Dealing with a dilapidated single-fronted, double-storey Victorian-era terrace on a long, narrow site, Chan Architecture faced numerous challenges updating this home for modern living. The solution was restoring the original rooms, bringing light into the centre of the home, and creating a modern, light-filled addition at the rear. And they did all this while honouring the style and character of the original home...
The architect started by placing wet areas at the centre of the home. This left the original front rooms for bedrooms and opened up the rear of the home to light and the yard. A central courtyard and light shaft mean the wet areas could access light and ventilation. The kitchen and bedrooms also benefit from these light shafts, with skylights and windows allowing these spaces to borrow light too.
An open-plan living, kitchen and dining area spills out onto a courtyard at the rear of the home. This maximises the sense of space and access to light for these important living areas. Upstairs, the original front bedroom can now access an ensuite bathroom, while two new bedrooms are built over the new living spaces.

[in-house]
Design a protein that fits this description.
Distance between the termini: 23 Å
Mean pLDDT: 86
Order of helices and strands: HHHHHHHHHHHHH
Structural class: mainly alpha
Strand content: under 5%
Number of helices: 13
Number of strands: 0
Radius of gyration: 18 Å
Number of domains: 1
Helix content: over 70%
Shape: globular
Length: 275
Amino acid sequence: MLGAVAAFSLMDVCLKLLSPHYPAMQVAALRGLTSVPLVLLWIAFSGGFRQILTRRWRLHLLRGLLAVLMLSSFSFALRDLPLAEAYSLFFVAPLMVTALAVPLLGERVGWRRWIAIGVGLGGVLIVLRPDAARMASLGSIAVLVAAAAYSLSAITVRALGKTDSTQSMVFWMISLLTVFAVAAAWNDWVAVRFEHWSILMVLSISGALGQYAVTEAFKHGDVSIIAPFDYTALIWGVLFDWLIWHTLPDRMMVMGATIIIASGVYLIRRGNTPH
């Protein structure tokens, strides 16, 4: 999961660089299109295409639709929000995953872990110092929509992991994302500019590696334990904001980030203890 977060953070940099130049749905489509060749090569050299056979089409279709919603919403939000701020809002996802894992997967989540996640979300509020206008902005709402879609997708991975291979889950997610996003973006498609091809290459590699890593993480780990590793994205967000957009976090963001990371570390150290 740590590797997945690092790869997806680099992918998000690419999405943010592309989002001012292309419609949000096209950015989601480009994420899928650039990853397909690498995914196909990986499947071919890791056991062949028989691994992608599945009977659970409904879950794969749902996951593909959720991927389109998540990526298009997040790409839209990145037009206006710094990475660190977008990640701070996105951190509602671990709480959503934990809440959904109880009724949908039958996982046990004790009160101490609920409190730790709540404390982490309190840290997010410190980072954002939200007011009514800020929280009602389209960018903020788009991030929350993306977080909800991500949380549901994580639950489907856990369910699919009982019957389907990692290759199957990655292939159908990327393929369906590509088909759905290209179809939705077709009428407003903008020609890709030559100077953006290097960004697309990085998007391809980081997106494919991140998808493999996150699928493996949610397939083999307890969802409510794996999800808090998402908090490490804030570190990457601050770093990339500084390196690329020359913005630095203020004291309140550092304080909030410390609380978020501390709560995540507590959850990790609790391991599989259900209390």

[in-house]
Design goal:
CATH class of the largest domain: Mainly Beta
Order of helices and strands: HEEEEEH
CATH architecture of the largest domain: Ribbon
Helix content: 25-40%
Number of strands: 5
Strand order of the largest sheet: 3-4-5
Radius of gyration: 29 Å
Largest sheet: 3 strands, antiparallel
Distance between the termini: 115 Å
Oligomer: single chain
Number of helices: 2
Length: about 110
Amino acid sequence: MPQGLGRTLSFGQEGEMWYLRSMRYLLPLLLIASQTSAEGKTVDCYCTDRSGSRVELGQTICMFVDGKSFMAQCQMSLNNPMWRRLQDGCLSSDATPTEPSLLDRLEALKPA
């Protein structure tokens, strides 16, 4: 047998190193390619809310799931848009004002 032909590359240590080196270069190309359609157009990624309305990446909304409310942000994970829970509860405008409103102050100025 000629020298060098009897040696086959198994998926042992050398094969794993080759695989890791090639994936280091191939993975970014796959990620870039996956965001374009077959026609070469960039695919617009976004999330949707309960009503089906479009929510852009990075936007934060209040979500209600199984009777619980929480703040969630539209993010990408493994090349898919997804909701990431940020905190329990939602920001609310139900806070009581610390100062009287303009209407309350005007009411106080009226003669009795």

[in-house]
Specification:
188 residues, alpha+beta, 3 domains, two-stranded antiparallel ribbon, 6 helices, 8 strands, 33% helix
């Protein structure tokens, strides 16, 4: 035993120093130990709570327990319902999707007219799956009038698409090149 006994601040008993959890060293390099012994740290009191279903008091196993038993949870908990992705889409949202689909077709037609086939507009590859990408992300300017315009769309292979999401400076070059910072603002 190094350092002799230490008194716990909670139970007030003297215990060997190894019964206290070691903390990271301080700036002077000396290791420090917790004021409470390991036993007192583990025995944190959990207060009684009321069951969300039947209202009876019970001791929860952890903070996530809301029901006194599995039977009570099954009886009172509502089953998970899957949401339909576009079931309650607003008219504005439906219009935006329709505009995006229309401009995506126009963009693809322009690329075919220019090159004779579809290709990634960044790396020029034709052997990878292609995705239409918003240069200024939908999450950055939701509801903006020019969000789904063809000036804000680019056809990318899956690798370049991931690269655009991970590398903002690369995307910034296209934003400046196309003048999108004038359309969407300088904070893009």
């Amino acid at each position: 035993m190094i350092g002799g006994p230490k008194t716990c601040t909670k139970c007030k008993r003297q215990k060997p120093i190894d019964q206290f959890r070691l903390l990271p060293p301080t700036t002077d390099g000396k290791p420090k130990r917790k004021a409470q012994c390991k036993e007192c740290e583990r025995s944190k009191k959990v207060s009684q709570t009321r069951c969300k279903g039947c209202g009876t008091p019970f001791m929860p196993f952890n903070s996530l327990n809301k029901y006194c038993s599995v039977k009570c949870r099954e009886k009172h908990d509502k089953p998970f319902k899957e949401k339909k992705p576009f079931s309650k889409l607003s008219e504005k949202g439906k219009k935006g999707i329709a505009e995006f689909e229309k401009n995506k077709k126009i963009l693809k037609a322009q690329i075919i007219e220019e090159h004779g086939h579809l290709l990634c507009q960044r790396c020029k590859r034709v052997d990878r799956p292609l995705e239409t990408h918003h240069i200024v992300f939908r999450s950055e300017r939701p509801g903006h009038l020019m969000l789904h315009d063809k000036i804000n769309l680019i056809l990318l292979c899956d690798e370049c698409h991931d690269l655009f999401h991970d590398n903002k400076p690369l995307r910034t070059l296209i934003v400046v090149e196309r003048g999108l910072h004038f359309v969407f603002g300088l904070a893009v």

A laser cut screen shields the upstairs bedroom from the harsh west sun and provides privacy from neighbours. The lace-like patterns reflect the iron lacework at the front of the home. Its transparency varies, to provide privacy where needed, while also maximising light and views of the sky and courtyard below. An added bonus of the intricate pattern is beautiful shadow play in the house as the sun moves through the sky.
Chan Architecture also included a roof deck to provide extra open space on the tight site. The central stair, rising all three levels creates a thermal chimney which helps to draw hot air up through the home, replacing it with cool fresh air, helping to reduce the need for air-conditioning.
The architect has managed to create a modern, light-filled home on the tight, challenging site. By drawing inspiration from the original home and reinterpreting its style for practical purposes, the addition feels modern but still connected to the original. By focussing on light, ventilation and maximising space, Chan Architecture has created a spacious and bright home in contrast to the dark and narrow original.